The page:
Our half court offense is used when we our bringing the ball down court deliberately. It defines roles for each player and helps him determine what he needs to do with the ball and what he can look for. From this basic offense, we can run designed plays.
To be successful on offense, we need to remember a couple of things:
Try to remember these tips when you are on offense. There are five players on the court, and we have three different roles on offense: a Guard, two Wings, and two Posts.
The Guard, or #1, is going to do a lot of dribbling and passing, so he needs to be reliable with the ball. He is also the leader of the offense, so he needs to be smart. The guard is really doing his job if his teammates are getting the ball when they're open. Shots that the guards will see are layups and shots near the free throw line.
The Wings, #2 and #3, will pass the ball a lot when they are on the playside, and they need to be able to move quickly, too. They should work on their passing skills, because they will pivot alot and bounce the ball to a moving teammate. They have to be pretty well rounded players. They will also protect us when we have to quickly change from offense to defense, but they should also be able get physical and fight for rebounds, too!
The Posts, #4 and #5, are the big fellas. They need to be able to make a bank shot from the block on the key, which would be a good shot for them to practice. We also need them to be strong rebounders, because they will be positioned under the basket. We want these guys to be ferocious rebounders.
The basic offense sets up as shown in the first image (you can click on any of the images to view a bigger version.) This is the half court offense, as revised December 2006. To view an animation of the offense, click here.
#1 is at the point guard position and brings the ball down court, pausing long enough for his teammates to set up. We call this balancing the floor. (Don't forget the ball needs to be on our side of the court in ten seconds, though!) The wings position themselves on the extended foul line, just outside of the three point arc. #4 and #5 set up at the low post positions, near the key blocks. Initially we want to spread out when we set up to create space and we want to be balanced so that we can go just as easily to either side. That will make things harder for the defense.
Now the point guard (#1 at this time), begins to attack the defense, as shown in the next image. You can click on the image to enlarge it.
The point guard drives to either side of the key, and it's a good idea to attack both the left and the right side to keep the defense confused. A fake to the opposite side will also help open things up, especially if we've worked on both the left and right sides of the key. Initially, the point guard drives as though he's going to make a lay up. If the defenders leave this lane open, then the point guard should continue to drive. Everyone else flows in the direction of the ball.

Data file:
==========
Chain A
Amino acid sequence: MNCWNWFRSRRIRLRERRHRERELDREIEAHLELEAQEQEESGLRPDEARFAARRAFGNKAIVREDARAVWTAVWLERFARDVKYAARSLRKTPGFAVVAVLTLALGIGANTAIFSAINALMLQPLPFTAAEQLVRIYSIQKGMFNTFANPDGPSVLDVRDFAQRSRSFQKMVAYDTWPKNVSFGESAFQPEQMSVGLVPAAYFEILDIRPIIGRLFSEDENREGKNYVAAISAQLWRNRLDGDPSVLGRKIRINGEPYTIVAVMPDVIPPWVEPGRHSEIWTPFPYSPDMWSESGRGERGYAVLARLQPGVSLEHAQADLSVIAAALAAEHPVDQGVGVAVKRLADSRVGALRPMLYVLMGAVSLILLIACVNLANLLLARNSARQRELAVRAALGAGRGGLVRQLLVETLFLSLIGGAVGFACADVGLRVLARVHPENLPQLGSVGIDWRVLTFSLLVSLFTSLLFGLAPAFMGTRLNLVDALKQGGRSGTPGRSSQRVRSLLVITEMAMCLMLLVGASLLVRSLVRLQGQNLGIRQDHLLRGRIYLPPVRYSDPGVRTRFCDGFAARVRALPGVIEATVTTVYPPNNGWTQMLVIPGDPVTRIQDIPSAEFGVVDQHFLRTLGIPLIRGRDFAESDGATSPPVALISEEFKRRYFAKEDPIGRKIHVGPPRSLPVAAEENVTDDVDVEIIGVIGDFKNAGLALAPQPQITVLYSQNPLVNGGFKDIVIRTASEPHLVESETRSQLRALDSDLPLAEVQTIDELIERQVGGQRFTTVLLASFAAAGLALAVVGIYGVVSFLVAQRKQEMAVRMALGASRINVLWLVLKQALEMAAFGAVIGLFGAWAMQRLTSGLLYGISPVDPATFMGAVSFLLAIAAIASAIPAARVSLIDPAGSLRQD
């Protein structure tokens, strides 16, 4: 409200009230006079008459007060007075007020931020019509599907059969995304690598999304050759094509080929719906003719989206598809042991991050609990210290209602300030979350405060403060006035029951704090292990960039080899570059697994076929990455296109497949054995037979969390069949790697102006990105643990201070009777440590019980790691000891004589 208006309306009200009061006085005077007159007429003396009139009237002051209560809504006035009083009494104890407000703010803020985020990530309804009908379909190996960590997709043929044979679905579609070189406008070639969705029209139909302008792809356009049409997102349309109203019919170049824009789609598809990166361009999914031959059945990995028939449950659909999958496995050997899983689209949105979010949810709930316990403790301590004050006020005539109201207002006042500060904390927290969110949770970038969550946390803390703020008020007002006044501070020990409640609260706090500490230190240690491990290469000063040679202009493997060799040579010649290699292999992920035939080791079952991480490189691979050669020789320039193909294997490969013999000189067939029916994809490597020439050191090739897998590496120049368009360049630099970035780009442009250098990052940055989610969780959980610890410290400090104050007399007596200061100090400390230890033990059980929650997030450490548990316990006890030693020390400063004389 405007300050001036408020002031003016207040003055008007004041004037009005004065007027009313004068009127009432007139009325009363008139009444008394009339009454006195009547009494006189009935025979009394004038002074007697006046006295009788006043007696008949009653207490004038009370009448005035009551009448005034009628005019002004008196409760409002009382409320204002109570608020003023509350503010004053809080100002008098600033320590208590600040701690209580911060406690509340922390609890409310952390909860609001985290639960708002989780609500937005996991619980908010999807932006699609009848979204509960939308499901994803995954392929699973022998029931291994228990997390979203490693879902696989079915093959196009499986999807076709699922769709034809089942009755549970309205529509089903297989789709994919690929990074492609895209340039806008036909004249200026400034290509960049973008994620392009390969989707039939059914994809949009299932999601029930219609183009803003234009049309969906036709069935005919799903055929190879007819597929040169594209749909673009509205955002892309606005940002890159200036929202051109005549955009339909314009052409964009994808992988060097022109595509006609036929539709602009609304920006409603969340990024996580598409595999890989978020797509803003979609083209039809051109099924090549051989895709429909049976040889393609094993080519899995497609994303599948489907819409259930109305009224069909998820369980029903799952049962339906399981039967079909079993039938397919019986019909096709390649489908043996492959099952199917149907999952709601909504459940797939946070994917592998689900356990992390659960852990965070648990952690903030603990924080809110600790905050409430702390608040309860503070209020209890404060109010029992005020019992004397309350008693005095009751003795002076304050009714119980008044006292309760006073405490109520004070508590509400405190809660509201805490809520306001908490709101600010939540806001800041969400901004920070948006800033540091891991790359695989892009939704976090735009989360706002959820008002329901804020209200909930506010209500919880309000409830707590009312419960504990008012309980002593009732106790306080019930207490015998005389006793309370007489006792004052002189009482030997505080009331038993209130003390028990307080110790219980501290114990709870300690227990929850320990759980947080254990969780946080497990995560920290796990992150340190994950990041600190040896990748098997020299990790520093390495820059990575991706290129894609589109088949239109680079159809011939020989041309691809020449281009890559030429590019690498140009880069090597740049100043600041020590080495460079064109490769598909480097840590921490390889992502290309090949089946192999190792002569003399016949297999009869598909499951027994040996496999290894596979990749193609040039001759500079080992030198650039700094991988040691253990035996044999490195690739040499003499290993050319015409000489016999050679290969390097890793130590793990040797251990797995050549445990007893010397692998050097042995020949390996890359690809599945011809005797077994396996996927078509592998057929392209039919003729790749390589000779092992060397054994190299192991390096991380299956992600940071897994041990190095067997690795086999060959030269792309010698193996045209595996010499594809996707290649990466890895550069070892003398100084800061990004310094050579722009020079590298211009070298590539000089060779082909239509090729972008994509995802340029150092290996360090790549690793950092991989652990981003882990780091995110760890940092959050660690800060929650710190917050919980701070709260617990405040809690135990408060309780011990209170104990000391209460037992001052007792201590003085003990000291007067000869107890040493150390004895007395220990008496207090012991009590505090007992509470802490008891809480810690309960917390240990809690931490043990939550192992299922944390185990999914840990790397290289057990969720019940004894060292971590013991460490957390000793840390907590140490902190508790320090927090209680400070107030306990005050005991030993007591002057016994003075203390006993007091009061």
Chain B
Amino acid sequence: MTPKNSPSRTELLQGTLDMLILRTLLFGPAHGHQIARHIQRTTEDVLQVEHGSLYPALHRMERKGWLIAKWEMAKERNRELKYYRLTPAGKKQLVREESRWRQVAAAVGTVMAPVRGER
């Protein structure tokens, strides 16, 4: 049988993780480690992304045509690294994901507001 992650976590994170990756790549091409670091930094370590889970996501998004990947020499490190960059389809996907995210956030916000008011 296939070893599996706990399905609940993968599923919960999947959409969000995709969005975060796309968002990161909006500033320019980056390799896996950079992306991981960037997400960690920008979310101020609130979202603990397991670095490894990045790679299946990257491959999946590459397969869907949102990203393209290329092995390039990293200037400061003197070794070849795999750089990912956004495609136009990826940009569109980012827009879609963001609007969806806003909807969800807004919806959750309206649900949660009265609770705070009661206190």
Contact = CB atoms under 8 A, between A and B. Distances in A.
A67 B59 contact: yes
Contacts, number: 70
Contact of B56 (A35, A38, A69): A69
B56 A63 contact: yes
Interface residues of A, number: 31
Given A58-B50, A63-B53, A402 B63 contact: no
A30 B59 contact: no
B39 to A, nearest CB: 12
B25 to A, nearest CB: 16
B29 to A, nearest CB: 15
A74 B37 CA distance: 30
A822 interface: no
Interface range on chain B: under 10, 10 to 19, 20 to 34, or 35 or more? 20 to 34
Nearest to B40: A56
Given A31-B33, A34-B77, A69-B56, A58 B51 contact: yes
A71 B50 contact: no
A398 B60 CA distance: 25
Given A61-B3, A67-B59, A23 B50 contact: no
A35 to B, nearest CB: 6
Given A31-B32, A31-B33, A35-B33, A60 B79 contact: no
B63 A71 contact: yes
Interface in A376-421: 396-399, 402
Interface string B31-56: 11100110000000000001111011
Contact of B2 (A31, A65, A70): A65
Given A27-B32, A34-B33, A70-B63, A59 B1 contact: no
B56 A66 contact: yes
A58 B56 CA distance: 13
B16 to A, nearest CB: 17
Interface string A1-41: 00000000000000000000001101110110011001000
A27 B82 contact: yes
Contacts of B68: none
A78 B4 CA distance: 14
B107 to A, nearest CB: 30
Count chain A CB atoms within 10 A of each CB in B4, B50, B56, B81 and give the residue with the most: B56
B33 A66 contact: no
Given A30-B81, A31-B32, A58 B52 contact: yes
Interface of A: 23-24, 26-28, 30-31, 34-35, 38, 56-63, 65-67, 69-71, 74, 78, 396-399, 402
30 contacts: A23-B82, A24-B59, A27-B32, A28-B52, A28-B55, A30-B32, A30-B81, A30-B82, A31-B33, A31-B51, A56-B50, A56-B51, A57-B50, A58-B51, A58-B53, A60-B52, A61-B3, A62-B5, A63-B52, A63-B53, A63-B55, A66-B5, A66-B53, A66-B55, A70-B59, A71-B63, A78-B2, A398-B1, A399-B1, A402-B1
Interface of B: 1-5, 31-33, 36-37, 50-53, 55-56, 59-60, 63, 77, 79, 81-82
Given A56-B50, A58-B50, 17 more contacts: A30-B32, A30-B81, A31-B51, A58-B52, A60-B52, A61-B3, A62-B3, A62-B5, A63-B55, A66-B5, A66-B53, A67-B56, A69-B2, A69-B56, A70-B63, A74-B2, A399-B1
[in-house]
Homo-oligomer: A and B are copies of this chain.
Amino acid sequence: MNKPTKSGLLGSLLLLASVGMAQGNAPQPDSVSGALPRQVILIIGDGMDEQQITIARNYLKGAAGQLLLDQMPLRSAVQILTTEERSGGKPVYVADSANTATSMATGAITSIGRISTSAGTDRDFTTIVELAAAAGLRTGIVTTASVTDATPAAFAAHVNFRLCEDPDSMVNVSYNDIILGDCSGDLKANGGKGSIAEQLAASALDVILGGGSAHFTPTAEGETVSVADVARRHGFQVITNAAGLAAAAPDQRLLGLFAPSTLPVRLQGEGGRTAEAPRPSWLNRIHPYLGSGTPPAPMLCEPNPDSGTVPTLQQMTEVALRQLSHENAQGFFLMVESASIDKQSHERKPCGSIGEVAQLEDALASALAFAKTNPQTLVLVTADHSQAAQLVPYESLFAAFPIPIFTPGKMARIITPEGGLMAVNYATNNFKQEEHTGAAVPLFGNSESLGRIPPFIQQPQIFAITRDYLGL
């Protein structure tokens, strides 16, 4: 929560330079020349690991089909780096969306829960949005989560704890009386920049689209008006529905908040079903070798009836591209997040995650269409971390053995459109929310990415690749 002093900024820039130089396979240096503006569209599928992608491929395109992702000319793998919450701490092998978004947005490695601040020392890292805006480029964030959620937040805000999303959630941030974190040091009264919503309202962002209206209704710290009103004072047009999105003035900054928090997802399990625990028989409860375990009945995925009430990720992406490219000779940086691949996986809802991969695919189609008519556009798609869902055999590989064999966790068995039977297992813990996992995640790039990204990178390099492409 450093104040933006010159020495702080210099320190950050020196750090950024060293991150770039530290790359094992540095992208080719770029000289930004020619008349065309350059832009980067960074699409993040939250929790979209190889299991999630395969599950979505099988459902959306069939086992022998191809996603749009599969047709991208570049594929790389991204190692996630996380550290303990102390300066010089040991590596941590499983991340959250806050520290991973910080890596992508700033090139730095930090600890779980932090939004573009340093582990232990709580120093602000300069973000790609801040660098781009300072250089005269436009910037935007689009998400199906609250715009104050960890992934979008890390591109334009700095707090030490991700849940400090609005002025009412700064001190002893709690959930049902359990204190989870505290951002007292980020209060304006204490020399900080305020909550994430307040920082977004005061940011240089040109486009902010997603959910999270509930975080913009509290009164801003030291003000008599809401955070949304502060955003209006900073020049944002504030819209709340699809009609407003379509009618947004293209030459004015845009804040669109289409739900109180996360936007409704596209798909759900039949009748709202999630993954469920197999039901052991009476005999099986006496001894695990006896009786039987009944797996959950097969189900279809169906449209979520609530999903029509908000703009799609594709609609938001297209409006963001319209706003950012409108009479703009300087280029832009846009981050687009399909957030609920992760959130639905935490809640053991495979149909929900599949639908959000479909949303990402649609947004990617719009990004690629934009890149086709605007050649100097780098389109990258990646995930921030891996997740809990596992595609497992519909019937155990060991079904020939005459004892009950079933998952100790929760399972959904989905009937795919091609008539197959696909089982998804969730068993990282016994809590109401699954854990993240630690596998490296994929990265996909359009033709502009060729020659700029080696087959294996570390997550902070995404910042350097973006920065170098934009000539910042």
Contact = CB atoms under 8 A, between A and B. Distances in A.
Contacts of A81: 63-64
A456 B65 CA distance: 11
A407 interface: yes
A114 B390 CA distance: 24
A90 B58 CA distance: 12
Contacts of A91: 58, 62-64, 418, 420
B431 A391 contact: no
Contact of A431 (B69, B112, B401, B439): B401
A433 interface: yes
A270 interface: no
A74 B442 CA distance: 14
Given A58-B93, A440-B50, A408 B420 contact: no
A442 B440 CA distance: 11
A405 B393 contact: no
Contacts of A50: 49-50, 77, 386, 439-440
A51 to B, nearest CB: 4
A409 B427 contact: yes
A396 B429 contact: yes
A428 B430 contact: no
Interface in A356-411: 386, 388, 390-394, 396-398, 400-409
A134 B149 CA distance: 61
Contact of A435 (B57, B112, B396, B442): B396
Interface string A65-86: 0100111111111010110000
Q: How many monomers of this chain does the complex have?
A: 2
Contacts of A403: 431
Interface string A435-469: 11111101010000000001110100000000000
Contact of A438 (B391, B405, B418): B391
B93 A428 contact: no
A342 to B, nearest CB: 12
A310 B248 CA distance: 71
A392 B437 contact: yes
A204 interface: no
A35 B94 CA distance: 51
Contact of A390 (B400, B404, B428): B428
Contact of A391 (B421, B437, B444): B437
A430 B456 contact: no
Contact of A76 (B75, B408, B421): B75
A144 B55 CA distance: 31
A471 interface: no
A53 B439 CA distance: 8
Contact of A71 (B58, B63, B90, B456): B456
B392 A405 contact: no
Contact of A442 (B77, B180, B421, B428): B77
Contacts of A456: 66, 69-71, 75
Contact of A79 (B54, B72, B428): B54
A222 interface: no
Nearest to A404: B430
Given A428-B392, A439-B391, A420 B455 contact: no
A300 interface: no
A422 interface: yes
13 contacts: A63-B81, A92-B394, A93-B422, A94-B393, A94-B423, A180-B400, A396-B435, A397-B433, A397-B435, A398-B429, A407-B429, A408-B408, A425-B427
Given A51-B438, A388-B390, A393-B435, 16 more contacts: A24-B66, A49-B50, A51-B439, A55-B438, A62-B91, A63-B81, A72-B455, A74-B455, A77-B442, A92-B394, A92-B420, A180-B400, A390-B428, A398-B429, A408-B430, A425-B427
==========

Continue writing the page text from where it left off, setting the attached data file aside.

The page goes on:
The backside (away from the side of the attack) wing, in this case #2, drops back as he moves toward the playside, because he will become the point guard if #1 commits by driving, shooting, or passing the ball.
The playside wing slides out a bit to create space for #1, and lower, moving into a better position of attack if he gets the ball. He is within range of a pass and able to drive for a shot or collapse on the basket for a rebound.
The playside post slides out, giving #1 an option to pass to and maintaining a good position from which to shoot and rebound.
The backside post is thinking "back door," maintaining a good rebound (box out) position on the post away from the shot.
As the point guard (#1) approaches the key, the defense will likely plug up the lane, preventing him from driving. If they don't, #1 will be able to drive "the lane" for a layup. But the defense will probably come out and attack the ball as it nears the key, presenting #1 with three choices: shoot, pass, or drive. He will have numerous options, and should he pass to a teammate, he
After passing, the #1 moves through the key to the back-side wing spot, that was originally held by #2. (Remember, when the point guard commits, the backside guard, #2 here, moves into the point guard position, near the top of the key.) #1 should be ready for a "give and go" (a pass back to him), as he passes through the key to the wing position.
The backside post is to establish a strong rebounding position on the back side post ("back door"), but if the playside post needs help or he sees an opening on the playside post position, he can temporarily move there. If the backside post moves to the playside for help, the backside wing (now #1 in this case) moves to the back door.
If we're not able to get an open shot, we can bring the ball back out and start all over ("balance the floor"), this time with the newly established point guard at the top. So now #2 finds himself handling the point and #1 finds himself taking the wing position.
Once we have some command of the basic concepts, movements and techniques, we can add more derivations. One simple one that we will use is, "Flash," in which a designated posted sprints up to the elbow of the key to set up a pick or take a quick pass.
We need to work on passing the ball, keeping it moving until we find the open player. Be patient, if the defense prevents a smart shot, we can work the ball back to the top and start over (time permitting). And remember, except for the point guard, who is supposed to prevent the other team from making a "fast break" if they get the ball, everybody must collapse on the ball once it is shot and REBOUND!